© Eleanor Cameron, illustration © Beth and Joe Krush.
A few weeks ago, Ellen said, “I feel like reading a Christmas story. Do you have any I might like?” I looked around my bookshelves, thinking. There are a number of novels written for children with great Christmas chapters, but not many with an entire Christmas theme. One I love, and reread some years at this time is “The Box of Delights” by John Masefield (which was also adapted as a fine British TV series), but I didn’t think it would appeal much to Ellen, as she’s not a big fantasy fan, and I think it’s more of a boys’ story anyway. Finally I came to this title, which seemed perfect. I like all of Cameron’s books, but I didn’t remember much about this one. I gave it to Ellen, she read it, and thought it was okay, but didn’t love it. My curiosity aroused, I then read it again myself.
The story takes place in a small, rural town on the northern coast of California (I think, the book is not real specific), where Tom and Jennifer have come to stay with their grandmother for the Christmas holidays. Much of the book centers on another household, the large mansion occupied by their elderly Aunts Vicky and Melissa. Once a wealthy local businessman and landowner, their great-grandfather had built and occupied the house until his recent death, when his daughters, the aunts, found he left little money to keep the house and themselves going. In desperation, they agreed to sell a large area of undeveloped coastal land just outside the town. Now, though, they’ve recovered financially, and want to get the land back before it’s developed. The aunts are searching for a revised Will of their father’s they think will give the land to the state as a preserve, negating the sale. But so far they haven’t been able to find it. Tom and Jennifer are soon enlisted to help find that Will and save the pristine coastline they all love. Part of the story revolves around a missing Christmas ornament that may provide answers, and on a walk along the beach, Jennifer finds a rare shell with pink and green markings that she calls her “Christmas shell,” which also might lead to answers. Then there’s the secret Indian cave paintings hidden inside a difficult to reach cliff cave, and a treacherous tunnel on the beach that fills at high tide, endangering anyone who lingers too long on the wrong side of it.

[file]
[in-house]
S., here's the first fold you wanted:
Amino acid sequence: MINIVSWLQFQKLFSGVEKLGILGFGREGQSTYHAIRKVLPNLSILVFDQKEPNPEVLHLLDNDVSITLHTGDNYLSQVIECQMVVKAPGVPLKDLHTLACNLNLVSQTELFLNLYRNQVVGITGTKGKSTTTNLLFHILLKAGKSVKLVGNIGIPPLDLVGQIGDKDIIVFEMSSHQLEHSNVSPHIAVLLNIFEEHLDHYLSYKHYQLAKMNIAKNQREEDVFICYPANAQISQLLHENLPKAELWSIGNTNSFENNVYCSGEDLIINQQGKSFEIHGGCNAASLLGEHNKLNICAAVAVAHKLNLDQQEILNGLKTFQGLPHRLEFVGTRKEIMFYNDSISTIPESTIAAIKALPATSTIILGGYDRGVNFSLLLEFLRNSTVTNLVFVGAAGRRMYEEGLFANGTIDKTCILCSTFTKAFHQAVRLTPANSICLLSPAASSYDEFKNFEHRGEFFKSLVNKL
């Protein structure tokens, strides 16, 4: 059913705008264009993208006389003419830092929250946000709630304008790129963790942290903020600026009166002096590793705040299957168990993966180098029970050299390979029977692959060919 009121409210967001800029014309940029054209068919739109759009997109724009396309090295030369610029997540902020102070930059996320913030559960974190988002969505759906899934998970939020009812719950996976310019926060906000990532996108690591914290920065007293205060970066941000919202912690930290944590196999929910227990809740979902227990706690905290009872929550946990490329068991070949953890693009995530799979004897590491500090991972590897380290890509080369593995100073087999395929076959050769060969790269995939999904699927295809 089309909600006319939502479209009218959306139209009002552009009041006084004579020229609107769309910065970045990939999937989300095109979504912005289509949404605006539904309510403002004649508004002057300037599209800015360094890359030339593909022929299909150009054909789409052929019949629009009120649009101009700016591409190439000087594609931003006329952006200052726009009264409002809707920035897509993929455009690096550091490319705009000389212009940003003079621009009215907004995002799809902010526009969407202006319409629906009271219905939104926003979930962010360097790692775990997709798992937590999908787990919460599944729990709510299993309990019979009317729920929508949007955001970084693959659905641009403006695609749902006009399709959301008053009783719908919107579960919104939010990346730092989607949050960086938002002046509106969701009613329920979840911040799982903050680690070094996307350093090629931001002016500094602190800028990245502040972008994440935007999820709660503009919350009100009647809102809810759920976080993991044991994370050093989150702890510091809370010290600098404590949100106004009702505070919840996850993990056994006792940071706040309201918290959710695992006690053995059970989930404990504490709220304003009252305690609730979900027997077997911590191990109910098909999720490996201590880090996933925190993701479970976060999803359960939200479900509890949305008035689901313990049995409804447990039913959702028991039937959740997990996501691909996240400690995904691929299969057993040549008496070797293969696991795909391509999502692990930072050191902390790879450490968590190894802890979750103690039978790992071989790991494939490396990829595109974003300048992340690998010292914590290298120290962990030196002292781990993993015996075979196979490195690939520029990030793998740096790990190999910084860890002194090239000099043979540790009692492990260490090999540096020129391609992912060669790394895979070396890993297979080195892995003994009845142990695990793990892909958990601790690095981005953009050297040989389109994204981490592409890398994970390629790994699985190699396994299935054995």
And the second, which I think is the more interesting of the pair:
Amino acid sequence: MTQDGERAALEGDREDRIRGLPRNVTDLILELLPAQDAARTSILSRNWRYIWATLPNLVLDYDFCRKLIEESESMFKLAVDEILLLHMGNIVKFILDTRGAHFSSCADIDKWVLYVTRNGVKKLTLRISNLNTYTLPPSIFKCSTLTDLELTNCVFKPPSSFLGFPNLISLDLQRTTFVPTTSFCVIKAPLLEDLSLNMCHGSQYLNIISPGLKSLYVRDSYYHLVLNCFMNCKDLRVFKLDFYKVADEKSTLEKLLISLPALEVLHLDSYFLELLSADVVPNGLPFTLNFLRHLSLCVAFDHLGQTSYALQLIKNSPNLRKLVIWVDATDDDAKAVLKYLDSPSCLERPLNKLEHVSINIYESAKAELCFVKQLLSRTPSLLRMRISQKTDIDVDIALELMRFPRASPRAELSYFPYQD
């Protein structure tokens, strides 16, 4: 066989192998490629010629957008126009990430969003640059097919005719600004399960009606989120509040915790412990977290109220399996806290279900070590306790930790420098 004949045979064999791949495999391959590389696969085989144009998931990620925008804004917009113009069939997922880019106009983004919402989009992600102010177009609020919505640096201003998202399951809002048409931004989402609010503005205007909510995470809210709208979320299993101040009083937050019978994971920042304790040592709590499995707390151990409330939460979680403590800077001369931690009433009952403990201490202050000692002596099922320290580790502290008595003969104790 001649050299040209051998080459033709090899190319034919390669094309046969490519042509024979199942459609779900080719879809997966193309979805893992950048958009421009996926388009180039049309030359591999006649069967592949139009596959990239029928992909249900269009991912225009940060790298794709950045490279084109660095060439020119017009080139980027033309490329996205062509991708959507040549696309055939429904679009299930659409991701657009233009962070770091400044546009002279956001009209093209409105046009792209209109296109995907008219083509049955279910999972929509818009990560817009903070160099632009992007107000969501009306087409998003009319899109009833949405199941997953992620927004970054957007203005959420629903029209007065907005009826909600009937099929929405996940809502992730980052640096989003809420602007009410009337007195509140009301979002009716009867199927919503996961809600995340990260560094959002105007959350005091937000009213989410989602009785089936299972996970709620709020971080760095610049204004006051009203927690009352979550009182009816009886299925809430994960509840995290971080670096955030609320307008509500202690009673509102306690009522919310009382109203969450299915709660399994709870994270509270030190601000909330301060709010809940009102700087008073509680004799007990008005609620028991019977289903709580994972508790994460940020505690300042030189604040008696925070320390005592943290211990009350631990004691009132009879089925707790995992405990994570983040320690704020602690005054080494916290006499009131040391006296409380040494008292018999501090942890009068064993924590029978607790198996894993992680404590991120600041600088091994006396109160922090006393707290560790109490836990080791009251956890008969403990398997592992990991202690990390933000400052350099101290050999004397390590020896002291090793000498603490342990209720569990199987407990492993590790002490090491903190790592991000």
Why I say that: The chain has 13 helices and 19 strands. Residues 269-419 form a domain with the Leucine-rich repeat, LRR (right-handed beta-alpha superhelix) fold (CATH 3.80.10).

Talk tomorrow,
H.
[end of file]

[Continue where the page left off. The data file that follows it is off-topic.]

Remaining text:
This is not a typical Christmas story, so I can understand why Ellen was a little disappointed. There’s no snow, not a lot of Christmas activities, though there is a decorated tree. I still like it a lot. The book has great characters and a well-written mystery that doesn’t follow the easy and obvious path one might expect to a resolution. If, like me, you enjoy good short novels written for children, this is a great choice for this time of year.